The New Yorker / AP

The CIA torture report belongs to the public

The Senate Intelligence Committee report is a federal record, and the archivist of the US should say so

February 18, 2016 2:00AM ET

The American public’s ability to read the Senate Intelligence Committee’s full, scathing report on the Central Intelligence Agency’s torture program is in danger because David Ferriero, the archivist of the United States, will not call the report what it is, a federal record. He is refusing to use his clear statutory authority to label the report a federal record, which would be subject to Freedom of Information Act (FOIA) disclosure requirements, because the Justice Department has told the National Archives and Records Administration (NARA) not to. The DOJ has a long history of breaking the law to avoid releasing information in response to FOIA requests. The NARA does not have such a legacy and should not allow itself to be bullied by the DOJ.

The DOJ instructed the NARA not to make any determination on the torture report’s status as a federal record, ostensibly because it would jeopardize the government’s position in a FOIA lawsuit seeking the report’s release. The DOJ, however, has no right to tell the NARA not to weigh in on the record’s status, and the Presidential and Federal Records Act Amendments of 2014 gives the archivist of the United States the binding legal authority to make precisely that determination.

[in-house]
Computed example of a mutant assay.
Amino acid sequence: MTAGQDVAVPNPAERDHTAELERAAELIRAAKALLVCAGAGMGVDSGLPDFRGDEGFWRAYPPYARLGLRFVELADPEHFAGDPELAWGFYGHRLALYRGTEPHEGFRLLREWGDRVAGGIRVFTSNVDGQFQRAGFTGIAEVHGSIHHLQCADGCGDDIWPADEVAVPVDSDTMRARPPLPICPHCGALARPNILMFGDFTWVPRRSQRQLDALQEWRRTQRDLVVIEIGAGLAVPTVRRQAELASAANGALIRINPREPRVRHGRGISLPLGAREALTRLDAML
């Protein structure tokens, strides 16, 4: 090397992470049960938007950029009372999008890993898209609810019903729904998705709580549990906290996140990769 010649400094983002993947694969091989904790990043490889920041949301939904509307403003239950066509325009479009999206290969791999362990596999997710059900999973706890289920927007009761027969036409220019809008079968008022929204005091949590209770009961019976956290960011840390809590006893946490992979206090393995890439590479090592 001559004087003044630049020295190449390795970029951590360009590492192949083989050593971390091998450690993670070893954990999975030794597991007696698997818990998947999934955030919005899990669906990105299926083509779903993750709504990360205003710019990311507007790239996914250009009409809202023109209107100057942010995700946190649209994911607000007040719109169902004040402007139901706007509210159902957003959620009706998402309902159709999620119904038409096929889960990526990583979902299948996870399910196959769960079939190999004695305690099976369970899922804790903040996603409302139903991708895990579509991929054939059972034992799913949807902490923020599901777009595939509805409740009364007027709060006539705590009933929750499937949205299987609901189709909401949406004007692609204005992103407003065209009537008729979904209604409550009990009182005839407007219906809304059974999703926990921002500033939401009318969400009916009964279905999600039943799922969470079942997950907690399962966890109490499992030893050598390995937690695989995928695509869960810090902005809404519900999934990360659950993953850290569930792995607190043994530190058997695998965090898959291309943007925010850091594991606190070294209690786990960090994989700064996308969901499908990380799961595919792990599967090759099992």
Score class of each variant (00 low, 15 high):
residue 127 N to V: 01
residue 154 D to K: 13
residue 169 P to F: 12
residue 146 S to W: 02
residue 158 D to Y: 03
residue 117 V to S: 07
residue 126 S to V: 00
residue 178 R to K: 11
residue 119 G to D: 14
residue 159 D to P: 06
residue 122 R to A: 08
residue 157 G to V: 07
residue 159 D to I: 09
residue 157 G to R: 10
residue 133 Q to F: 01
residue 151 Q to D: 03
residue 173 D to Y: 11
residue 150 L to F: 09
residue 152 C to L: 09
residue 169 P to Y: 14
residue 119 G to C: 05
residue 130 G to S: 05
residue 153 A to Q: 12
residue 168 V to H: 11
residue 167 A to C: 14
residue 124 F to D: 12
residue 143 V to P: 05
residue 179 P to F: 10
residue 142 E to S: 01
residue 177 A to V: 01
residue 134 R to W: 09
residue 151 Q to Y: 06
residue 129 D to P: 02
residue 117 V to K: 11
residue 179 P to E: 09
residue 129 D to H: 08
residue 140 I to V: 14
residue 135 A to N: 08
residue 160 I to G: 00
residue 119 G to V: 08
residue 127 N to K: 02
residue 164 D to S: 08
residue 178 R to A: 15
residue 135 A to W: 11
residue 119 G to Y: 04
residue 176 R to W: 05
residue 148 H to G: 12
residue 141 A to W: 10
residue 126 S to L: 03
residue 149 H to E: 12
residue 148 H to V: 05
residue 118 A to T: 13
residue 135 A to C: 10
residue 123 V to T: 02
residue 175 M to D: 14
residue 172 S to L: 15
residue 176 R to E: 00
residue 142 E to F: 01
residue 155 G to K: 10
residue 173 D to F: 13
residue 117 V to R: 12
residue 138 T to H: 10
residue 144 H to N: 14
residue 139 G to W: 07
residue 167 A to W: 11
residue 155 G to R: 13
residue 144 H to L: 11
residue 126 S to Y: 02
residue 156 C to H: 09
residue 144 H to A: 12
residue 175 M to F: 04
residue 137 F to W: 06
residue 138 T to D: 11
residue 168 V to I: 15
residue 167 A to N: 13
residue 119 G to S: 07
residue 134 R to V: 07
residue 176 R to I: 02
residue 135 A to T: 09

Democratic Sens. Patrick Leahy of Vermont and Dianne Feinstein of California revealed the DOJ’s insistence that the archivist of the United States not faithfully fulfill his duty in a Nov. 5, 2015, letter to Attorney General Loretta Lynch. They protested the DOJ’s refusal to allow its officials as well as those of the Defense Department, the CIA and the State Department to read the report. Leahy and Feinstein’s letter notes that “personnel at the National Archives and Records Administration have stated that, based on guidance from the Department of Justice, they will not respond to questions about whether the study constitutes a federal record under the Federal Records Act because the FOIA case is pending.” Rather than try to win the FOIA case on a technicality and step on the NARA’s statutory toes, the DOJ should allow the FOIA review process to determine on the case’s merits whether the document may be released.

Not even officials with security clearances may read the document while its status as a congressional or federal record is debated. The New York Times reported in November 2015 that in December of the previous year, a Senate staffer delivered envelopes containing the 6,700-page top secret report to the DOJ, the State Department, the Federal Bureau of Investigation and the Pentagon. Yet a year later, none of the envelopes had been opened, and none of the country’s top officials had read the report’s complete findings. This is because the DOJ, the Times wrote, “prohibited officials from the government agencies that possess it from even opening the report, effectively keeping the people in charge of America’s counterterrorism future from reading about its past.” The DOJ contends that if any agency officials read the report, it could alter the outcome of the FOIA lawsuit.